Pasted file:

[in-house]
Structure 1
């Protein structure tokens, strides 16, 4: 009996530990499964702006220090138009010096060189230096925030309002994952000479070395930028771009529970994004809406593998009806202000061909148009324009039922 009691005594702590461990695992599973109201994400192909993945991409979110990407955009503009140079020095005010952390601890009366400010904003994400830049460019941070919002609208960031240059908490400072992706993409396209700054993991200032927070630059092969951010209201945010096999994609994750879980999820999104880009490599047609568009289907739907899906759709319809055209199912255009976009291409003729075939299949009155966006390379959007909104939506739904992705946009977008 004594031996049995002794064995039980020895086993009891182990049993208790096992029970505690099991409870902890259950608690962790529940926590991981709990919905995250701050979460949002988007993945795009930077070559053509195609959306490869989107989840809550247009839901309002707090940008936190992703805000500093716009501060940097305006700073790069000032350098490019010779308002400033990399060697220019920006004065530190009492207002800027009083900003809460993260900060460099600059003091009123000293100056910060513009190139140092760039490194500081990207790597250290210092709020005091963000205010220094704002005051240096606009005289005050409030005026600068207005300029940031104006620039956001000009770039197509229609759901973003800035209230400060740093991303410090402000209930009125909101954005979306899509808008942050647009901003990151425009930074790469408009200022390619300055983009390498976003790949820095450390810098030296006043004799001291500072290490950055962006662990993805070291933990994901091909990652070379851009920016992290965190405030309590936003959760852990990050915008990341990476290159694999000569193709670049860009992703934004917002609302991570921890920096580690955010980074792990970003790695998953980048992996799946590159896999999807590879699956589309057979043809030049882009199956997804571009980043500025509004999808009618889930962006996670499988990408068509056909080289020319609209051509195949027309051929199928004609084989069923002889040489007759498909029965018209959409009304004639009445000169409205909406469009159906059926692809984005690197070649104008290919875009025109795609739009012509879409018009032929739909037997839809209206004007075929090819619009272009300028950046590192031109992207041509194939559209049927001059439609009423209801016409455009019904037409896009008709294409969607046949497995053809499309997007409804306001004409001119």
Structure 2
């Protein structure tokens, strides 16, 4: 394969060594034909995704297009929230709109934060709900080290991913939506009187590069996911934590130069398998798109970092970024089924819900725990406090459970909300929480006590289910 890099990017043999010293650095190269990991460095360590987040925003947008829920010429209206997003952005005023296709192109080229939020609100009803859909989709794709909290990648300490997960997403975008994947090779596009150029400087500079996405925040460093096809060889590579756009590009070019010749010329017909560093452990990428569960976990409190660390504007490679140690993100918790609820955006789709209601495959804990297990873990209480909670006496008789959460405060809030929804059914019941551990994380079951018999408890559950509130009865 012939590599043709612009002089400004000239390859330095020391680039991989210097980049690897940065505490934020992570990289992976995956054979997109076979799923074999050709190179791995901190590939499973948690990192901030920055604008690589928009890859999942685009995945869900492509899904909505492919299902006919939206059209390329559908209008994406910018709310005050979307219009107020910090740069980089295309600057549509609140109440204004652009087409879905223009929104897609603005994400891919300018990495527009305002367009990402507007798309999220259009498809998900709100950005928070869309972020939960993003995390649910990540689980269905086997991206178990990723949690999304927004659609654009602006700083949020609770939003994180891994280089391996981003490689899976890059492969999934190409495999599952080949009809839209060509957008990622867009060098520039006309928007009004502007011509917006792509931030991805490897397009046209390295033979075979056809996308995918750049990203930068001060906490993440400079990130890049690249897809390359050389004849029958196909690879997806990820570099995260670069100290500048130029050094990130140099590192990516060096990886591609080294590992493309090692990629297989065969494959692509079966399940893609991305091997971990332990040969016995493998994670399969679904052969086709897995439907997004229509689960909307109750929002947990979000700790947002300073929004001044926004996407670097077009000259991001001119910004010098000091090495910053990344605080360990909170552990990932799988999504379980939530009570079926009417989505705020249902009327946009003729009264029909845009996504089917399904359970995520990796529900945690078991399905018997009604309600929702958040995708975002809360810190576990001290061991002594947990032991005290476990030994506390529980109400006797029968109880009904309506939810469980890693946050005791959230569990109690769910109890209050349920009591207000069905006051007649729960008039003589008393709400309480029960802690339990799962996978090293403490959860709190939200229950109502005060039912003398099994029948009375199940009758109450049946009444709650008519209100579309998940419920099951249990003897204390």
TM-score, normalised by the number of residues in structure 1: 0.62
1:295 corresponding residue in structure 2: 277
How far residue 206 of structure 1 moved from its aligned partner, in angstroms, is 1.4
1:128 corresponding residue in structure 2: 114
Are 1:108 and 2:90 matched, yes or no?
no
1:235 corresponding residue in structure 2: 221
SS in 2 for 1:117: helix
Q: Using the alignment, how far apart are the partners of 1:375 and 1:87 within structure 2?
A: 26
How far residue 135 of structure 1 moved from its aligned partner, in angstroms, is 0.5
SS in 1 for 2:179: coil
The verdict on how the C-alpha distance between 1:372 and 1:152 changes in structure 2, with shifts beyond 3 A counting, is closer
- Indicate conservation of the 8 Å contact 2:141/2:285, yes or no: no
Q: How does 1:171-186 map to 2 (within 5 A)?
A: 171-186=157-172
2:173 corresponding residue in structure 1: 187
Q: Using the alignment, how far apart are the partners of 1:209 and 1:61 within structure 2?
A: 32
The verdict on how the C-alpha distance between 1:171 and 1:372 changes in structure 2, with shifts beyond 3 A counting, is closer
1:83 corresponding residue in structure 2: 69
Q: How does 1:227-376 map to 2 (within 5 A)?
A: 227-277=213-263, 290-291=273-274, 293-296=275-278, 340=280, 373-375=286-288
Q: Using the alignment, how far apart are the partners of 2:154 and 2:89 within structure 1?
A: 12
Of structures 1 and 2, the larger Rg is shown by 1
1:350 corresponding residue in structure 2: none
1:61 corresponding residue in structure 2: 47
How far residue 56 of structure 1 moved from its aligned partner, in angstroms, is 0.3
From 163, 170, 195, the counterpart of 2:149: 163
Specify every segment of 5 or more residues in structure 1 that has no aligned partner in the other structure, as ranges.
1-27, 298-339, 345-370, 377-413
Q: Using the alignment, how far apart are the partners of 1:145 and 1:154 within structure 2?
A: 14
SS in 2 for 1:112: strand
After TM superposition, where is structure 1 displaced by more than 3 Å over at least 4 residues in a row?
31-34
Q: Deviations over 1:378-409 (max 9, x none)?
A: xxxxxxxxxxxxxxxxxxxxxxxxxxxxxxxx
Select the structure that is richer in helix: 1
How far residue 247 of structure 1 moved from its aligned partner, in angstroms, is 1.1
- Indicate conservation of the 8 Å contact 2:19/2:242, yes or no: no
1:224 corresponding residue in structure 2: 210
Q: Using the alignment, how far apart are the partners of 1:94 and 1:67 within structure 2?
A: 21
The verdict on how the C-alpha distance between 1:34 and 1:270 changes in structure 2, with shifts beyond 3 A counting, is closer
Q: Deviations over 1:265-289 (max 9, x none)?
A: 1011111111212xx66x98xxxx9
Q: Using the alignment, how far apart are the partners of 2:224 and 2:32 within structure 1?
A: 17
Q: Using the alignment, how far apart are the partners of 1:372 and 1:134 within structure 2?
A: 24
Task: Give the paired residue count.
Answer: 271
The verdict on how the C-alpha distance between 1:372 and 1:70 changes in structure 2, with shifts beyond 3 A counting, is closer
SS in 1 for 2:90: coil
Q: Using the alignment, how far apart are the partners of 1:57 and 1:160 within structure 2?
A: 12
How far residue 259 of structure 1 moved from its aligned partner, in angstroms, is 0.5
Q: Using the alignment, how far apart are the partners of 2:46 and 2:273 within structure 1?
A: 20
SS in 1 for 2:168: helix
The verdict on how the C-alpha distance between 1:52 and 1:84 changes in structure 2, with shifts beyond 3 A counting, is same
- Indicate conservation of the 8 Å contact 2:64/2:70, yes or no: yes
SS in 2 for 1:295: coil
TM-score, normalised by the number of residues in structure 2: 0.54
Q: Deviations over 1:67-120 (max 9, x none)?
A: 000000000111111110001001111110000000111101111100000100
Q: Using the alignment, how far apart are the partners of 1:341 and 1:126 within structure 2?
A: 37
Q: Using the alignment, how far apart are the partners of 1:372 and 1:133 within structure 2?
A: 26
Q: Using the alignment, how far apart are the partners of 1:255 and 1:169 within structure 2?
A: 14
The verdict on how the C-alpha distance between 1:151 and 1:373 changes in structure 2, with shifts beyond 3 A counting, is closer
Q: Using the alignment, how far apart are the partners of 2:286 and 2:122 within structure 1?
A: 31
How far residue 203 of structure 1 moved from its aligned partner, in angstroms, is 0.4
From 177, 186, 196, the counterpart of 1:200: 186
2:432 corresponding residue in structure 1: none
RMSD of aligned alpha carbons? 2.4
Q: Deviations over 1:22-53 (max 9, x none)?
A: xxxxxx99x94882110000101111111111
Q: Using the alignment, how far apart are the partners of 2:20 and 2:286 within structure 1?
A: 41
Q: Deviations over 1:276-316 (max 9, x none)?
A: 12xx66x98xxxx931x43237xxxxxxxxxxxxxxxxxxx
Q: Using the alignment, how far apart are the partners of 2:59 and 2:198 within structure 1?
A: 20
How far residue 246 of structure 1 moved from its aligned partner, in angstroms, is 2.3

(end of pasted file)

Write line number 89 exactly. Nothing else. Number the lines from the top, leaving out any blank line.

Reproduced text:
Q: Using the alignment, how far apart are the partners of 2:20 and 2:286 within structure 1?